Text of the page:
New Year’s resolutions and kids: what to know

Four children blowing paper horns in celebration.
Andrew Richards, a psychologist with Boston Children’s Martha Eliot Center, discusses ways to approach talking with kids about New Year’s resolutions. (Image: Adobe Stock/Patrick Bibbins, Boston Children's Hospital.)

With a new year upon us, we’re once again bombarded with messages about getting healthier, skinnier, and more disciplined come January 1. We couldn’t help but wonder what this means for kids, so we turned to Andrew Richards, a psychologist with Boston Children’s Martha Eliot Center, for answers.

Are New Year’s resolutions a good idea for kids?

New Year’s resolutions can be a great way for kids to learn about setting goals and obtaining a sense of agency, but these lessons don’t have to be restricted to an all-or-nothing pledge at the start of the year. The most important thing we can do as adults is to take a child’s lead: If a resolution is their idea, then great, but don’t push anything. Don’t use resolutions as a way to force your child to lose weight or give up a “bad habit.” In fact, many cultures don’t even acknowledge New Year’s resolutions, so you may want to explain how New Year’s resolutions are a tradition that some people follow if they decide they want to do something differently. If your child expresses interest, that’s when you can ask if there’s anything they’d like to work on, such as eating less junk food or improving in a sport or hobby.

Any tips on how to take action on a New Year’s resolution?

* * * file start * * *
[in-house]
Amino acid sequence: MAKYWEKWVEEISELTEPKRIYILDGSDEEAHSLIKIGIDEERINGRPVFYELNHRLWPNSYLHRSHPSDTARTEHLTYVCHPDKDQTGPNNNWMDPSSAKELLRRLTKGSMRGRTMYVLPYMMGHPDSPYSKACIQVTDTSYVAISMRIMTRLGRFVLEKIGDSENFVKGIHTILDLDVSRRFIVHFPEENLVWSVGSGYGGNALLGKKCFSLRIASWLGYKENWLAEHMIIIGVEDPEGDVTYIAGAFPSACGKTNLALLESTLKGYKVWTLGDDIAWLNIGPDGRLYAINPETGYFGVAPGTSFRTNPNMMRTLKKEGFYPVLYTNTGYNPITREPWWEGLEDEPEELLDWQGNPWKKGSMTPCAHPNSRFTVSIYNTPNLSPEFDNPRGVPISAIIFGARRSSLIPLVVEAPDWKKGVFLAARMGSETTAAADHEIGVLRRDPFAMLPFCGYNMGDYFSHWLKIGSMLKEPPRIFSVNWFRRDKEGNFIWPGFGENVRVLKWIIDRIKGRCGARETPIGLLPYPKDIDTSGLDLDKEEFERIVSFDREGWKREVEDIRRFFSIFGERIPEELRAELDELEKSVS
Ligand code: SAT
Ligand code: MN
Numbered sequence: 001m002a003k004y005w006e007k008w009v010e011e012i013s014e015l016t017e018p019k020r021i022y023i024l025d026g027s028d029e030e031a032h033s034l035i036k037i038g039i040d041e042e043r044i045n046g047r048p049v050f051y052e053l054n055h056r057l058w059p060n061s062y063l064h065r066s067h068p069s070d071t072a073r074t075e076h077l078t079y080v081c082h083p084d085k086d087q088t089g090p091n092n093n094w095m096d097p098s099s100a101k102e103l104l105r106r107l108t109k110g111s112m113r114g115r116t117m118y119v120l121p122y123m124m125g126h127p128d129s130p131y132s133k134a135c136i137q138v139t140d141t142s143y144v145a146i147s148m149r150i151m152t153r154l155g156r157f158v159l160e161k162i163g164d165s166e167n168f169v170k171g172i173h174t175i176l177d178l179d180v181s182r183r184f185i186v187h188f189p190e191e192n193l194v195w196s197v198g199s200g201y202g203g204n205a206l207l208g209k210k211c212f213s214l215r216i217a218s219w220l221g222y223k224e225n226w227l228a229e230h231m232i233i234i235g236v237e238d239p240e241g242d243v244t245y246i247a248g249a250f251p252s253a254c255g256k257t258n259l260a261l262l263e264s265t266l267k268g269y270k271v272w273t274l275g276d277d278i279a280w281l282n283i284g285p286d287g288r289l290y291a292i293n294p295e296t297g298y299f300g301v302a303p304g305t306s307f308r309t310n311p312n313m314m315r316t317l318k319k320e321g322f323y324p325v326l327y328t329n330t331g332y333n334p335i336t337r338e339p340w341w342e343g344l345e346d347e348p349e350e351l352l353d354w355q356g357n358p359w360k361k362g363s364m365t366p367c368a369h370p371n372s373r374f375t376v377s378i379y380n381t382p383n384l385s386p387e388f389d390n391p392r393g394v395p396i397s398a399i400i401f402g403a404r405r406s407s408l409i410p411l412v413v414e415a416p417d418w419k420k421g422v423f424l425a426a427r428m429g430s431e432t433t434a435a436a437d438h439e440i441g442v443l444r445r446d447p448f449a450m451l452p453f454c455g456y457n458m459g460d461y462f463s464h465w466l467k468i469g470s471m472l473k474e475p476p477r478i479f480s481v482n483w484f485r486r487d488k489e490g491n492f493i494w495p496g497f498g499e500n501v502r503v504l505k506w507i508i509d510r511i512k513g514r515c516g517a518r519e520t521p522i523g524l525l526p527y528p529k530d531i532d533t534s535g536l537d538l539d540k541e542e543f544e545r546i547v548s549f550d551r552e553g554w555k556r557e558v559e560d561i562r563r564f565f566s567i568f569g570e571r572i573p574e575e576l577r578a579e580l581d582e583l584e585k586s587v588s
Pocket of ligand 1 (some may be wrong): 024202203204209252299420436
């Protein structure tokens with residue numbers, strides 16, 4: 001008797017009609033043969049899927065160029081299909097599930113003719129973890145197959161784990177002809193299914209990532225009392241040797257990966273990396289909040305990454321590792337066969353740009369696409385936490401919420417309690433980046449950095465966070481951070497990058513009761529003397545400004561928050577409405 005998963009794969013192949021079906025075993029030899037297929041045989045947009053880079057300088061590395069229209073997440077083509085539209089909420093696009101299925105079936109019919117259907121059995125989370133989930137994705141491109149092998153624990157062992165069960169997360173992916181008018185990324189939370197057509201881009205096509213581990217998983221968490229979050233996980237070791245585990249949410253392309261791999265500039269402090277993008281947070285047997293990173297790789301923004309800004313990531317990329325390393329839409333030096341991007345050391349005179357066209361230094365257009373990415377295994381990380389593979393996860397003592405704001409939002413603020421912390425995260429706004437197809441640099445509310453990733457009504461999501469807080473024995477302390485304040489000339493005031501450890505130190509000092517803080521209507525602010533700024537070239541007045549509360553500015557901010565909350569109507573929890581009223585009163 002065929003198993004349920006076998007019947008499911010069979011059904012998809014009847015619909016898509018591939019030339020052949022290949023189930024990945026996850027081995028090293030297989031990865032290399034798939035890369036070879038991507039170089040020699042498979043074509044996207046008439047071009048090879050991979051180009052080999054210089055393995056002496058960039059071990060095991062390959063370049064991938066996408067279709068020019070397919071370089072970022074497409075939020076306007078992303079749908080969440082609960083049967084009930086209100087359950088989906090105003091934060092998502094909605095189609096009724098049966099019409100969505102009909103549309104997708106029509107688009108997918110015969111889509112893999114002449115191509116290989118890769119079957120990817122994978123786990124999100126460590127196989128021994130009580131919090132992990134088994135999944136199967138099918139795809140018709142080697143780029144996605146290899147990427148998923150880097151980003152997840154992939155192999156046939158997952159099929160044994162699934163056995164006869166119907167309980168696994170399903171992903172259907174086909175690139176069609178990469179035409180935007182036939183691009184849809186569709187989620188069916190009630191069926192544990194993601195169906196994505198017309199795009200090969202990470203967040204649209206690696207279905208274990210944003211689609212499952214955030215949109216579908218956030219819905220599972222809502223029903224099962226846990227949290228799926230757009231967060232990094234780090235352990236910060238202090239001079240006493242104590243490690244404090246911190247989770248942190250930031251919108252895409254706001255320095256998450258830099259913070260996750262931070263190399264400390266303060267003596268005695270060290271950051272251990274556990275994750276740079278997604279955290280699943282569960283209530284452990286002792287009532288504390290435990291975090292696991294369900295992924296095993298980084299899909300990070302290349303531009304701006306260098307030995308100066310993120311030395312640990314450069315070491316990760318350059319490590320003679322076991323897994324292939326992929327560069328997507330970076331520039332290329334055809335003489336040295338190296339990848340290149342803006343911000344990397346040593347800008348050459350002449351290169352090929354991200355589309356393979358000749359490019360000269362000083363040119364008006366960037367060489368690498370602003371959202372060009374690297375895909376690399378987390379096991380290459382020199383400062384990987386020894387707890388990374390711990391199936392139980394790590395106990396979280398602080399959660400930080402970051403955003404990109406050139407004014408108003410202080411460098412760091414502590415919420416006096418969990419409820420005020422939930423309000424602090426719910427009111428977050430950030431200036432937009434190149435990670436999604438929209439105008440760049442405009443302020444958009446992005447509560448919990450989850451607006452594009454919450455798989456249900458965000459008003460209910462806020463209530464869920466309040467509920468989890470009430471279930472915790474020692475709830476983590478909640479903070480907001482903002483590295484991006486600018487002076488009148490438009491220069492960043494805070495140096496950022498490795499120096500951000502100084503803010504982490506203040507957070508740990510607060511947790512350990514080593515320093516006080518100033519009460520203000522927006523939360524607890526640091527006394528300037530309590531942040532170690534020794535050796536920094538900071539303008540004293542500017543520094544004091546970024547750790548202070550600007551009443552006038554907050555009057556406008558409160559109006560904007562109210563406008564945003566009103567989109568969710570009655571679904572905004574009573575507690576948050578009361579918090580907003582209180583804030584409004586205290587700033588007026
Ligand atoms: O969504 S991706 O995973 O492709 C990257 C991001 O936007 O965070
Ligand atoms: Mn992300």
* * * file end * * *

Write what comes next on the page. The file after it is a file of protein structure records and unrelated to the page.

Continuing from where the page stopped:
Once your child is ready to act on their resolution, I encourage working together with realistic goals. Some things to remember here:

Be a good role model

What kids learn at a young age becomes habit, meaning parents and adults are models for behavior. That’s why kids need to see adults working toward realistic, achievable goals with self-compassion, especially around food and weight.
Be mindful of the language you use when talking about health-based resolutions. When you say you’re going “on a diet,” it implies that at some point you’re going to go off the diet; that approach doesn’t encourage healthy long-term relationships with food and exercise. We want to find ways to help kids make healthy choices that they can carry out for the rest of their lives without the focus being on losing weight. Instead, you might say something like, “What are things we could do or eat to be healthier?” or “are there some things we should try to eat less of?”

Take small, measurable steps

Language matters here, too. The word resolutions is intimidating — it implies all or nothing. Instead, focus on manageable goals. For example, instead of a child proclaiming, “I’m giving up pizza and soda,” then getting upset or derailed when they go to a party that serves pizza and soda, encourage more realistic language such as, “I’m going to cut back on pizza and soda.” Or if exercising more is the goal, maybe suggest a starting point of getting off the school bus one or two stops earlier.

Take a team approach

Being your child’s teammate is key in helping them reach their goals. So, have conversations about what they want to achieve, then discuss what role you can play in helping them succeed. This can mean saying things like, “let’s see what I can cook differently,” or “let’s go for a walk on Tuesday nights.”

How can parents help with maintaining change?

Parents need to be prepared for the inevitable setbacks that come with New Year’s resolutions.

Resolutions “fail” mostly because people launch themselves into them when they’re not mentally ready to take the actions needed for lasting change. Change isn’t a linear process — there will be easy days and bumpy days. Accepting the bumpy days when they happen frees you up to continuing trying. Relapsing back to an old habit isn’t failure; it’s a normal part of the process.

I tell families: You’re on the road. You may have hit a stop, or traffic, but keep going. You’re still on the road. Don’t give up.

Learn about the care and services available at Boston Children’s at Martha Eliot Center.

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